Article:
IP versions from 0 to 3 were experimental versions, used between 1977 and 1979. The following Internet Experiment Note (IEN) documents describe versions of the Internet Protocol before the modern version of IPv4:
- IEN 2 (Comments on Internet Protocol and TCP), dated August 1977, describes the need to separate the TCP and Internet Protocol functionalities (which were previously combined.) It proposes the first version of the IP header, using 0 for the version field and known as IPv0.
- IEN 26 (A Proposed New Internet Header Format), dated February 1978, describes a version of the IP header that uses a 1-bit version field, thus becoming IPv1.
- IEN 28 (Draft Internetwork Protocol Description Version 2), dated February 1978, describes IPv2.
- IPv3 was being developed somewhere between IPv2 and IPv4 versions but was not released.
- IEN 41 (Internetwork Protocol Specification Version 4), dated June 1978, describes the first protocol to be called IPv4. The IP header is different from the current IPv4 header.
What do we use now, and why are we short of resources?
Our present – the IPv4
IPv4 stands for Internet Protocol version 4. It is the underlying technology that makes it possible for us to connect our devices to the web. Whenever a device accesses the Internet (whether it’s a PC, Mac, smartphone or another device), it is assigned a unique, numerical IP address such as 18.104.22.168.
To send data from one computer to another via the Internet, data packets must travel across the network containing the IP addresses of both devices.
Without IP addresses, computers would not be able to communicate and send data to each other. It is essential to the web infrastructure, thus in 1983, IPv4 was developed and deployed to use worldwide till today.
Why are we running out of IPv4 addresses?
IPv4 uses 32-bits for its Internet addresses. That means it can support 2^32 IP addresses in total — around 4.29 billion. That may seem like a lot, but all 4.29 billion IP addresses have now been assigned to various institutions, leading to the IPv4 depletion crisis we face today.
Let’s be clear, though – we haven’t run out of addresses quite yet. Many of them are unused and in the hands of institutions like MIT and companies like Ford and IBM. Heficed IP Address Market offers the solution to monetize unused IP spaces.
More IPv4 addresses are available to be assigned, and more will be traded or sold (since IPv4 addresses are now a scarce resource), but they will become a more limited commodity over the next two years until it creates a problem for the web.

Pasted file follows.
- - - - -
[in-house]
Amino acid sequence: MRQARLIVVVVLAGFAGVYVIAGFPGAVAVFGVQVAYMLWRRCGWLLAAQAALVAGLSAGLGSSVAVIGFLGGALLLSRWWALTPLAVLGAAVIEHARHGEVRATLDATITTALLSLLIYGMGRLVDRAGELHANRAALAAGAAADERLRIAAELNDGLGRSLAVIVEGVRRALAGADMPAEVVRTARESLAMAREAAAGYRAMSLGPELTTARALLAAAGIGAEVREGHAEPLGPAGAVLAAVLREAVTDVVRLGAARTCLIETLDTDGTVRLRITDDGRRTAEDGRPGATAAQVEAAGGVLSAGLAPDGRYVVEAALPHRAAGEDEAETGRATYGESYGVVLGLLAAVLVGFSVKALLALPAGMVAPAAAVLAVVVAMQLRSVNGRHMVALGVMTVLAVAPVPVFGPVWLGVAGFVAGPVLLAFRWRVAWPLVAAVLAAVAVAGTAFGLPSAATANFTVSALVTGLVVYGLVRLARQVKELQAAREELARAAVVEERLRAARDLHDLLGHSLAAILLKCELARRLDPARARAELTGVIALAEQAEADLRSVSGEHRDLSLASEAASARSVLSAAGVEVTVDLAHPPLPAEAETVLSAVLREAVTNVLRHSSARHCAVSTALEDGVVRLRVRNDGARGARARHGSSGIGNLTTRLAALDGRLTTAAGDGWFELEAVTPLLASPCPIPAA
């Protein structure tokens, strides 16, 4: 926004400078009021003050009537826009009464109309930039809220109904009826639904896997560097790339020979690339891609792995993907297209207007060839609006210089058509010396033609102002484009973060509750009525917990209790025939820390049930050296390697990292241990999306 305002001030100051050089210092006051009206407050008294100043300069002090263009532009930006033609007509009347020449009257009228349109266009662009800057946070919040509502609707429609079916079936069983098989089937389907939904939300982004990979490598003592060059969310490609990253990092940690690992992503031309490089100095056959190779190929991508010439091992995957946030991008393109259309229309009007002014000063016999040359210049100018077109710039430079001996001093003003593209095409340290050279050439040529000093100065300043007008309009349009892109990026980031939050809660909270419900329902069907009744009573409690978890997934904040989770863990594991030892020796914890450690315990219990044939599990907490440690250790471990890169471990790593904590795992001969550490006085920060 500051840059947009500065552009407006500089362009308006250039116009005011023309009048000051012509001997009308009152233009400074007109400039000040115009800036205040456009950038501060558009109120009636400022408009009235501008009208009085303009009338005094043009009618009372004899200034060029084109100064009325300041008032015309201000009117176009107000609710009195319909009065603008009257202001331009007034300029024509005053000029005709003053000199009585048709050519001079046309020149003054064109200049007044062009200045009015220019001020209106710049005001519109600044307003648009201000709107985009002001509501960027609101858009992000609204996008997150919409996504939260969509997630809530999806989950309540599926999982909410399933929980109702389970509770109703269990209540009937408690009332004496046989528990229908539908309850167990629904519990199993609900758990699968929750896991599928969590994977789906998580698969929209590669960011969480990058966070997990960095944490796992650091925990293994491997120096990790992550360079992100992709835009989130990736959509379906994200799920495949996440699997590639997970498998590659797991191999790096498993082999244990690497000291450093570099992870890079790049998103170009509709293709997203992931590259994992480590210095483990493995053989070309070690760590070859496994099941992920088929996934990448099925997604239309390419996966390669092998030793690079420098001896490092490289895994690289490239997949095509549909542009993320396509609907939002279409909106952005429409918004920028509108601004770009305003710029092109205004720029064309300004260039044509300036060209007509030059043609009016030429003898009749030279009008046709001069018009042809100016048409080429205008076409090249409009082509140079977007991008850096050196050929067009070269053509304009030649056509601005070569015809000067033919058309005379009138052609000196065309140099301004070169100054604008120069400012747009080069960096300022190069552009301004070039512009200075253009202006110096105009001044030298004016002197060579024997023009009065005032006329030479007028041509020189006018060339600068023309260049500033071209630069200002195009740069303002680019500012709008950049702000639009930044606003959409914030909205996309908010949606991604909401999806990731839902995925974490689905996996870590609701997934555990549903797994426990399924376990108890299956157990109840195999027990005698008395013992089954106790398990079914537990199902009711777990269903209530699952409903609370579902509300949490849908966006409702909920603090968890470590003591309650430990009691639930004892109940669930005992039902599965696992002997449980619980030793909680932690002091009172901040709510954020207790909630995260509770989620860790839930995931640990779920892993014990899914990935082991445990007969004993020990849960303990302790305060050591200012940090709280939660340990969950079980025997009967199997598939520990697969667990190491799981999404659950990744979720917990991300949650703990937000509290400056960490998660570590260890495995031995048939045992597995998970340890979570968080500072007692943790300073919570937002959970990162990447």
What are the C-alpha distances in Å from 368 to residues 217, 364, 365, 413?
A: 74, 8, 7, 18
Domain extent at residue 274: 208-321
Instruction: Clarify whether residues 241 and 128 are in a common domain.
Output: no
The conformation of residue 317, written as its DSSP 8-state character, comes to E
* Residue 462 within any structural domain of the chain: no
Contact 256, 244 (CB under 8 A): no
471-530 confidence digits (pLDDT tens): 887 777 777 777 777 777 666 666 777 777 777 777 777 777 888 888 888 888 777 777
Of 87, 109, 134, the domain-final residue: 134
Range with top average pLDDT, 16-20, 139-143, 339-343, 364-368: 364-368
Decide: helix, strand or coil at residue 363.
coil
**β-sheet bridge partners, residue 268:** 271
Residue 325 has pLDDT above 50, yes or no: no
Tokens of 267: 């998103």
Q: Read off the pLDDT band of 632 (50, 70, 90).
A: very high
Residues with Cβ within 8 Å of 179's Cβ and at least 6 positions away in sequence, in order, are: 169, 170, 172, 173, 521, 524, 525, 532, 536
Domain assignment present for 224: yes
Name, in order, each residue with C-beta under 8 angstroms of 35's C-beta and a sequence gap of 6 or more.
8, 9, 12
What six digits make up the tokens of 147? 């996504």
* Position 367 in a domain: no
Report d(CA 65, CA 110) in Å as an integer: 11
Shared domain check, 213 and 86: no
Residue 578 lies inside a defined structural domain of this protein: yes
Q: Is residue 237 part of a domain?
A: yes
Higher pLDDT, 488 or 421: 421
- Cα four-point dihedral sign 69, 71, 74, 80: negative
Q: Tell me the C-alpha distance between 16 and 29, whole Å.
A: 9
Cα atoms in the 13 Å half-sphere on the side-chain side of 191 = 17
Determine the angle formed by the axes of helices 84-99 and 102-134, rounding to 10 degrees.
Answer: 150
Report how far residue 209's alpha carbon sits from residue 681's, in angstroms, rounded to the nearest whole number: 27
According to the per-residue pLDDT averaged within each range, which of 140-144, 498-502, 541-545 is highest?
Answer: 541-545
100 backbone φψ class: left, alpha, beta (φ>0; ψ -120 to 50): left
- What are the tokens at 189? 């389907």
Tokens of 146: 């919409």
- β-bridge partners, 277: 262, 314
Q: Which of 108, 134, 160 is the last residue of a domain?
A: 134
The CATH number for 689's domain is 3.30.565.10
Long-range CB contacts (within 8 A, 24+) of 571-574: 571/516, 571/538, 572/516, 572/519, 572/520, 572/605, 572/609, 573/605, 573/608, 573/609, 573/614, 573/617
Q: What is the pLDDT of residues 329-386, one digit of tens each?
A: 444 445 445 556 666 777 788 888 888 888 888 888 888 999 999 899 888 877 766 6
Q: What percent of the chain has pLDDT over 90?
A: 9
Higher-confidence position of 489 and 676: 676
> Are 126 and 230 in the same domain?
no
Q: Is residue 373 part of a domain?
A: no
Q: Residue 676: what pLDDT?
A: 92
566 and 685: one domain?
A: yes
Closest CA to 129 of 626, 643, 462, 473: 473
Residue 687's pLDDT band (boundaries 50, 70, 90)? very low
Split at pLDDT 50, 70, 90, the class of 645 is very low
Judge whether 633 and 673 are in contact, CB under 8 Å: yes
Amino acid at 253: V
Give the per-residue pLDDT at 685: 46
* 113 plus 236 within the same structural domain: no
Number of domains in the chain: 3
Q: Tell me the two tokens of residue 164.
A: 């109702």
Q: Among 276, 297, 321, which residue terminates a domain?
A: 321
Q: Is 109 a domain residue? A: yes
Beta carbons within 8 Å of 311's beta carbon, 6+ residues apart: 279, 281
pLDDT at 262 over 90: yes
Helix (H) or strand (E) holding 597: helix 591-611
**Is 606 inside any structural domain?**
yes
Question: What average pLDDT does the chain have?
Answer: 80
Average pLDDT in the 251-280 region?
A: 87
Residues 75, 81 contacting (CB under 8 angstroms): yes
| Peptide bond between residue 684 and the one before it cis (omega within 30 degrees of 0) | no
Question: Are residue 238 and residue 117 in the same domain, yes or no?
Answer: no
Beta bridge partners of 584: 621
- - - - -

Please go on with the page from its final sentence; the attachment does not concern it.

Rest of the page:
What is Internet Protocol version 6?
IPv6 is short for “Internet Protocol Version 6”. IPv6 is the Internet’s next-generation protocol, designed to replace the current Internet Protocol, IP Version 4.
IPv6 is a standard developed by the Internet Engineering Task Force (IETF), an organization that develops Internet technologies. The IETF, anticipating the need for more IP addresses, created IPv6 to accommodate the growing number of users and devices accessing the Internet. As mentioned before, IPv4 uses 32-bit addresses, which allows 4.29 billion unique addresses.
In comparison, IPv6 addresses are 128 bits, which allow for approximately three hundred and forty trillion-trillion unique IP addresses.
An example of IPv6 address is:
This time, it is for real
Major Internet service providers (ISPs), home networking equipment manufacturers, and web companies around the world united to redefine the global Internet and permanently enable IPv6 for their products and services on 6th June 2012.
Some of the participants that you, for sure know are:
AT&T, D-Link, Google, Comcast, Free Telecom, Cisco, Yahoo!, Limelight Networks, Internode, Microsoft Bing, Facebook, Akamai Technologies, KDDI, and others…
Since then, participation in World IPv6 Launch and usage of IPv6 around the world has continued to grow and is immensely increasing.
Benefits of IPv6 vs. IPv4
IPv6 offers a large number of IP addresses compared to IPv4, but what are other benefits of IPv6?
One interesting feature of IPv6 is that addresses can be assigned automatically and dynamically by the client device, meaning that there is no need for a DHCP server. It means that you can plug a laptop to your local network, and it will get an address prefix from any router it finds and then generate an IP for itself for that network, based on the hardware MAC address.
In practice, this means simpler routers and less overhead for managing IP attribution. It will also mean even fewer configuration requirements.
Of course, you can still assign addresses to devices via DHCPv6, but it is up to you.
Multiple network addresses allocated to the same device is another interesting feature that IPv6 brings to us. You get the ability to assign two or more addresses to the same device. You can thus stay connected to several networks at the same time, which is a great boon for flexibility.
Apps will be able to choose the network they need or have access to, and you won’t have to choose between networks anymore.
IPv4… IPv6… Has IPv5 gone missing?
In the late ’70s, IPv5 was named ST, the Internet Stream Protocol. IPv5, or ST as it was known, was used by the likes of Apple, NeXT, and Sun to guarantee service across a network. ST was good at maintaining communication while transferring specific data packets on select frequencies.
IPv5 was merely created for experimental reasons, specifically for video and voice transmissions.
There is an old joke that is traveling from people to people in the vast waters of the Internet:
“Did you know? IPv5 is available only for Windows 9…”
IPv4 and IPv6 coexistence
Right now, IPv4 and IPv6 both coexist together. The way forward, though, is seen the transition to IPv6, which has already started and is considered as the next stage of IP evolution.